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A short history of Olifantsnek

May 8 '12

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A short history of Olifantsnek

Published 18 May 2012, Rustenburg Herald.

Olifantsnek, 15kms out of Rustenburg, first gained recognition dating back to 1900 during the Anglo-Boer war.  The mountains around Rustenburg form a part of some of the oldest mountain ranges in the world, the Magaliesburg. During the time of the early Trek-boers, the only accessible route from the westward to Rustenburg was via Magato’s or “Oliphant’s Nek”.  Skirmishes between forces saw the Anglo’s building blockhouses, used in fortification purposes dotting the hilltops all around South Africa. Specific to this region was Commando Nek, (Hartebeespoort) and Olifantsnek. These forts, constructed mostly of stone, but sometimes of iron can still be seen today scattered across the country. Utilised by the British, one such circular stone construction still stands atop of a koppie overlooking the Olifantsnek dam (pictured above). The Anglo’s, under General Baden-Powell, used this blockhouse as a vantage point. There are other further dilapidated stone wall structures which can be seen in the nearby vicinity which further added to the defence line during war factions. The flat plain in which present day’s Olifantsnek dam is located was once a Boer settlement, along the banks of the Hex River. Even where the water stands today, under the dam bed, lays ruins of the once thriving community. To add to the colourful history of this area, rumour has it wild elephants had once upon a time roamed this valley. And so “Oliphants nek” received its name.
The Olifantsnek dam wall was commissioned by the irrigation board for construction in 1928 and served to provide for the local inhabitant farmers in the area.  In 1929 Bernard Sumner proclaimed the Olifantsnek a township and in 1932 construction of the wall was fully completed. The capacity of the dam is around 14.2 million cubic litres and has a total surface area of 2548kms.
According to a long-standing local resident, the property at today’s location, (Erf 184 Machol Street),first operated as a General Dealer Store servicing local farmers on the banks of the Hex and Sterkstroom rivers, making up the Kommissiesdrif Valley. Amongst its diverse farming community, “The Kangaroo Tobacco Co” was introduced on the property for a period of time using local “genuine pure Magaliesburg tobacco”. Along with this was an agency for the Rustenburg Post Office, long since been operating, (circa 1914-1917).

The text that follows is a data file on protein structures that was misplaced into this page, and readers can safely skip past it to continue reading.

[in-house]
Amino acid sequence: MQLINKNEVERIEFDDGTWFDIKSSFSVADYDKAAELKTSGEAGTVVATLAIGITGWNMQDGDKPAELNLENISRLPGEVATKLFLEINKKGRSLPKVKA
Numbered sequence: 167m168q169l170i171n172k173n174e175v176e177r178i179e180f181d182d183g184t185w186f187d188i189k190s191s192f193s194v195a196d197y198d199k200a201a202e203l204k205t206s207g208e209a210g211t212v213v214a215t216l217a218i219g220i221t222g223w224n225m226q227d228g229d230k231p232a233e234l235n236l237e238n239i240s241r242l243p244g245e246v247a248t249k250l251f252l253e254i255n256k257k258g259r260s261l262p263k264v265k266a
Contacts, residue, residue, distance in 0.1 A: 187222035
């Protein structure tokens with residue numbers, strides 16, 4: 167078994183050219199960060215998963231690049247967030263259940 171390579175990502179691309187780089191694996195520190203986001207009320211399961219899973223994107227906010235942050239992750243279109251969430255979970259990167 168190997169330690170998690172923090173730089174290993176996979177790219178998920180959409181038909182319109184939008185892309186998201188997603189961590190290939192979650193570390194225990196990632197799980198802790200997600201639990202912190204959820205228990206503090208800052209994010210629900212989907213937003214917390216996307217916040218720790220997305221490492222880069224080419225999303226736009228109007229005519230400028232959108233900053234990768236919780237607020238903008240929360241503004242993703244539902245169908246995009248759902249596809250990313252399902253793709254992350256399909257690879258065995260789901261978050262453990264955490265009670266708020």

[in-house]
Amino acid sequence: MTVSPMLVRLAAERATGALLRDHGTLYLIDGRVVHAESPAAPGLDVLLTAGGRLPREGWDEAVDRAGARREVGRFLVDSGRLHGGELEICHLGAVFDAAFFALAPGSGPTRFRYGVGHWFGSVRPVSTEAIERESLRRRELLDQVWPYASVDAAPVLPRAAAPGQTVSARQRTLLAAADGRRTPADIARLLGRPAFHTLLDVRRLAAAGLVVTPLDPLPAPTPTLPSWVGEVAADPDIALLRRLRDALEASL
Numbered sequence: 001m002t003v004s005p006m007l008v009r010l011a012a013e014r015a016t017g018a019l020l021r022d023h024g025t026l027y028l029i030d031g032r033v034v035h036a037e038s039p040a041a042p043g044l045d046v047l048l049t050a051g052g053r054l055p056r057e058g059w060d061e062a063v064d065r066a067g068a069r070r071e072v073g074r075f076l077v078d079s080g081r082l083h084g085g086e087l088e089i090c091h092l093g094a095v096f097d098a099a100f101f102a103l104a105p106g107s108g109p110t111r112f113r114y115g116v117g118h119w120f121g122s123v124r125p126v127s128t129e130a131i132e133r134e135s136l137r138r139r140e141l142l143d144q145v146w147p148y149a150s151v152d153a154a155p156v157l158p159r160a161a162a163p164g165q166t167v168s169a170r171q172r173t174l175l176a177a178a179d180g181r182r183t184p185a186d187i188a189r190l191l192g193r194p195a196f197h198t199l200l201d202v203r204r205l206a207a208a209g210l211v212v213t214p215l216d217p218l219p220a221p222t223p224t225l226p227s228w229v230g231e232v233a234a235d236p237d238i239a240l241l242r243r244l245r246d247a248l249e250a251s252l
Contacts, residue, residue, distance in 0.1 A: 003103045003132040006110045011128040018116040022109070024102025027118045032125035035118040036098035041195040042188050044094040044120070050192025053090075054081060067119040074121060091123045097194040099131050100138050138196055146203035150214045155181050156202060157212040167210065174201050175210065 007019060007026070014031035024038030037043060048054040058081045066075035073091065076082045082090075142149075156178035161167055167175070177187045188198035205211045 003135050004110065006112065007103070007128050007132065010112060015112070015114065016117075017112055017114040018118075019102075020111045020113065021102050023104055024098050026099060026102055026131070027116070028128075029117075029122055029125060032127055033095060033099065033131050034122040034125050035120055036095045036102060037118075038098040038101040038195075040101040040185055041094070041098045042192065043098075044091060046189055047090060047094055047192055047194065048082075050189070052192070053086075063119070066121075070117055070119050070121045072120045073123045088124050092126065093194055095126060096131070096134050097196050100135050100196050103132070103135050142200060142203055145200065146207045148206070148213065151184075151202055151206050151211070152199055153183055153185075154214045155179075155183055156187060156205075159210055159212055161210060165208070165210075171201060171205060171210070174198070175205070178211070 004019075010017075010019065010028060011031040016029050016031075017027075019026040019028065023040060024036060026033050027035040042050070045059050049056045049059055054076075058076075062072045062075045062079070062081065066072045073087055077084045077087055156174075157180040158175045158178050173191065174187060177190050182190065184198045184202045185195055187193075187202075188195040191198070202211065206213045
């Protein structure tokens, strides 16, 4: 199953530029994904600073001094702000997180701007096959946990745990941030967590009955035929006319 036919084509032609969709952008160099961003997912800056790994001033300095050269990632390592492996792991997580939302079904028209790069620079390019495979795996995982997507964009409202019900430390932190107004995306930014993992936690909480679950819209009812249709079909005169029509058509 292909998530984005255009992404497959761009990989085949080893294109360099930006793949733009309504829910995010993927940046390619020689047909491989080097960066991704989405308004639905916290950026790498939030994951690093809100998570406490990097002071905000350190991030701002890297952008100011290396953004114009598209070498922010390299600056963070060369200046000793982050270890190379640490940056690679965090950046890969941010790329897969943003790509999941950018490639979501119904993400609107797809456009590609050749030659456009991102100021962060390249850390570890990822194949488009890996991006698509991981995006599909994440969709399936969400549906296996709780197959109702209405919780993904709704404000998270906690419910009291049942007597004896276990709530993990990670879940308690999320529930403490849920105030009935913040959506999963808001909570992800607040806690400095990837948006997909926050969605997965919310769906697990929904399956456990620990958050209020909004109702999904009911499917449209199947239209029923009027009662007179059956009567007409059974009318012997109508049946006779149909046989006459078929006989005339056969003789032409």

In 1945 Bettina Cecelia Kruger purchased Erf 184 Olifantsnek and opened the Olifantsnek Hotel, which she successfully operated until 1968. During this period a primary school was introduced called “Excelsior Primary”, the Headmaster was a Mr Whitwell. Mr Reg Hawthorne, a pupil at Excelsior Primary was a regular visitor to the Olifantsnek Country Hotel. Stephanus Gous Coetzee, an advocate from Johannesburg then took over the reins in 1968 and in 1976 sold to the Bianchi’s. The family run establishment, run by Carlo and Yvonne was since a popular tourist attraction all throughout its time and provided old-world country charm nestled beautifully in the Magaliesburg. In 1996 Erf 184 was renamed the Olifantsnek Country Lodge and closed its doors to tourism.
Today, seemingly as history repeating, has seen the property transform back into a bustling high school with the construction of “Rustenburg  Educational College”. Since moving the premises from Rustenburg to Olifantsnek in 2006, the school has seen a considerable influx run by owner Mr Paul Peens. Also located on the property is Mt Sera Primary under direction and principal, Ishbel McKechnie and combined is home to 450+ scholars.
The local community around Olifantsnek has seen steady growth over the years, but in recent developments and sewage evacuation have yet to be met.
Though Olifantsnek has seen many changes through the ages, its historic legacy of the trek-boers will forever remain, unforgotten, like the graves on the waterfront, buried beneath the dam.

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